Whoever at Wal-Mart thought of $4 prescriptions
It's so easy to criticize Wal-Mart for all the right reasons. The retail horde has almost single-handedly scraped mom-and-pop retail off the face of small-town America. And in healthcare, even the company's own numbers show that only 47 percent of its 1.3 million employees are covered under the company health insurance policy. So when Wal-Mart announced in late 2006 that it would sell more than 300 generic drugs for $4-including the diabetes drug metformin, the anticoagulant warfarin and the antibiotic amoxicillin-the healthcare industry responded with a maximum dosage of skepticism. Yes, Wal-Mart and other corporate chains that have responded to the move have their own retail self-interest at heart. Yes, Wal-Mart has 3,810 pharmacies and could use its pricing power to drive out smaller pharmacies. But are we in the healthcare industry so detached that we lose sight of the value of even a few dollars a month to someone who might otherwise choose between prescriptions and food? Can a nation that is seeing its GNP spending on healthcare shoot to 20 percent turn up its nose to any move-no matter what its intent-that saves a few bucks on the healthcare tab?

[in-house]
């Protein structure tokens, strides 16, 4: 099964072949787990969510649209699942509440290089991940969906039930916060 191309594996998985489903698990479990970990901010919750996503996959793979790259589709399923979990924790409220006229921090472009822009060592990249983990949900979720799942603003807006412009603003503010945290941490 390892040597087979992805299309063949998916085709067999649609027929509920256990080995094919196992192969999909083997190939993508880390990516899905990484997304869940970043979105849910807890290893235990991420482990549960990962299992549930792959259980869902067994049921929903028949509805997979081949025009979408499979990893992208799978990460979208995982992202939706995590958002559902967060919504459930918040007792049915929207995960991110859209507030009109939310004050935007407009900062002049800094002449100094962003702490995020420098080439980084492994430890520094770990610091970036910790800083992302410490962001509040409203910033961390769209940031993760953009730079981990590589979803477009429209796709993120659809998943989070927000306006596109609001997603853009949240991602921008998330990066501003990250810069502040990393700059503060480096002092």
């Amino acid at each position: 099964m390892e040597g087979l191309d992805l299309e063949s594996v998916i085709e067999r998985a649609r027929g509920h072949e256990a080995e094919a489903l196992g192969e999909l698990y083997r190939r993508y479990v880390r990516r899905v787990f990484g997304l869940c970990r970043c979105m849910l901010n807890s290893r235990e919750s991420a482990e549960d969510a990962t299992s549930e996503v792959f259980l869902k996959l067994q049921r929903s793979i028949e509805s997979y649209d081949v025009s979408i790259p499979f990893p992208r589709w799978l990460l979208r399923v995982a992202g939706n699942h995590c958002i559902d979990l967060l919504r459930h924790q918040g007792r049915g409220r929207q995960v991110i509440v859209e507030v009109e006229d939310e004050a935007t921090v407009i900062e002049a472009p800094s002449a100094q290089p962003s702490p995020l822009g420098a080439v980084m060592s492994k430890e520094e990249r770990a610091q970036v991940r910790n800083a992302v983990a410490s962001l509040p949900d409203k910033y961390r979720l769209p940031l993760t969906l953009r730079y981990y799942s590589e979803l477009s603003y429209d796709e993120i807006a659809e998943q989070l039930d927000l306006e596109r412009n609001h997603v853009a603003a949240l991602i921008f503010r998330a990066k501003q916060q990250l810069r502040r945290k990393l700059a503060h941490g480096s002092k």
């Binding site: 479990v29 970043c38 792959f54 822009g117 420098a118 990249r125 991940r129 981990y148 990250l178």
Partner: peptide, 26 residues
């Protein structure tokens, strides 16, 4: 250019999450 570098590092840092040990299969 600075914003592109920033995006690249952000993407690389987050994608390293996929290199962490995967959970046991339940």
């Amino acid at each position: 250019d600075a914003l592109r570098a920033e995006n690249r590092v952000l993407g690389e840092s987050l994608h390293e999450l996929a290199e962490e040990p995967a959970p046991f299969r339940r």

Sorrel King, activist born of tragedy
Visit any hospital today and you'll likely see signs encouraging patients and families to ask their caregivers questions: Did you wash your hands? What medications am I taking? What's my plan of care? Patient and family involvement has become a lifesaver for many people-and Sorrel King is one of the biggest reasons why. In 2001, King's 18-month-old daughter, Josie, died from medical errors at Johns Hopkins Hospital in Baltimore, just two days before she was supposed to go home. Since then, King has shared her story with thousands of caregivers, using it to educate them on the importance of good communication, involved patients and medication safety. "I wanted to stick it to Hopkins, but I also wanted the healthcare industry to understand that she didn't die from one doctor or one nurse. She died from something so simple as poor communication," she says. Today, through the Josie King Foundation (founded with the Kings' settlement money), King works with Hopkins caregivers to research and promote pediatric care advances. She's been the driving force behind major safety initiatives such as Condition H, which empowers families to activate an early response team if their loved one is in distress. And the Josie King Foundation and Hopkins recently launched the Care for the Caregiver program, which helps medical professionals overcome the emotional stress of being involved with a medical error.